One minute, your production lines are operating exactly as they should be and everything is going smoothly. Then, disaster strikes – a key piece of equipment is offline and you now have to figure out why. You and your maintenance crews head out onto the factory floor and diagnose the issue – a process that takes roughly an hour. You realize that the issue is going to cost about $1,000 to fix before everything is back up and running again.
You order the parts you need, you perform the work you need, and that machine finally goes online. So, in that scenario the cost of this one downtime incident was about $1,000, right?
One of the reasons that downtime software can be so devastating in apparel and textiles manufacturing in particular is because there are so many more costs involved than just the obvious. Those hidden costs add up in more ways than one – all of which are more than worth a closer look.
Tracking the (Hidden) Costs of Downtime
For the sake of discussion, let’s focus on those unplanned downtime incidents. Planned downtimes are a different animal altogether because they’re typically not only scheduled, but budgeted for as well. This can include but is certainly not limited to things like scheduled maintenance, product changeover and more.
Unplanned downtime are those incidents that happen totally without warning. They last indefinitely and they can create some pretty significant backups in your production lines along the way.
From that perspective, the major hidden cost of an unplanned downtime event has to do with productivity. Every minute that machine is offline is a minute that you’re not taking full advantage of the maximized hours in a work day. This can’t help but reduce your ability to actually generate venue from what you’re producing, too.
Then, you have to think about both your tangible and intangible costs. The tangible costs are those physical problems associated with downtime in textiles and apparel manufacturing. In addition to lost production capability (which again translates to lost potential profit), you also have to deal with lost capacity. This could make it difficult to capitalize on a sudden increase in demand in the future.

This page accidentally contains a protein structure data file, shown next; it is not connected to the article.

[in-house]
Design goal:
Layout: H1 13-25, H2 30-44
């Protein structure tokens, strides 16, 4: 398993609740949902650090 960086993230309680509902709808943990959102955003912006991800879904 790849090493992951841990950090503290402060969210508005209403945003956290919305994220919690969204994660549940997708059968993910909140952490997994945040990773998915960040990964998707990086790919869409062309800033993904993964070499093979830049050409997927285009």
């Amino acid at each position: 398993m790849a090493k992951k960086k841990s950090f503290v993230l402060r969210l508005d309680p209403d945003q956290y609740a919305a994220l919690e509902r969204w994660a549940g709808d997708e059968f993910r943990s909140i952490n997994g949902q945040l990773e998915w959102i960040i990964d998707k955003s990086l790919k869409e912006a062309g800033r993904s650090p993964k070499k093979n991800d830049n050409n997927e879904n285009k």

You also need to consider your direct labor costs – your production levels are going down during a downtime event, but your labor costs are staying the same.
One also needs to think about the stress that an unplanned downtime event can have on your employees – a ripple effect that doesn’t necessarily go away as soon as that machine goes back online. Downtime delays them from being able to finish their work and hit their goals for the day, too, and the stress from this happening far too often can absolutely impact engagement in a negative way.
All of this is why it’s so critical to gain as much understanding over your own downtime incidents as possible – something that solutions like Thrive MES are designed to allow you to do. If you have actionable information about the most common types of downtime events you experience and what is really causing them, you’re in a better position to stop them from getting bigger or even stop them from happening again in the future.
At the very least, you’re not dealing with all of these wild and unpredictable hidden costs during a time when you can’t really afford to do so – which is ultimately the most important benefit of all.
If you’d like to find out more information about the hidden costs of downtime in apparel and textiles manufacturing, or if you’d just like to talk to someone about your own situation in a bit more detail, please don’t delay – contact Thrive today.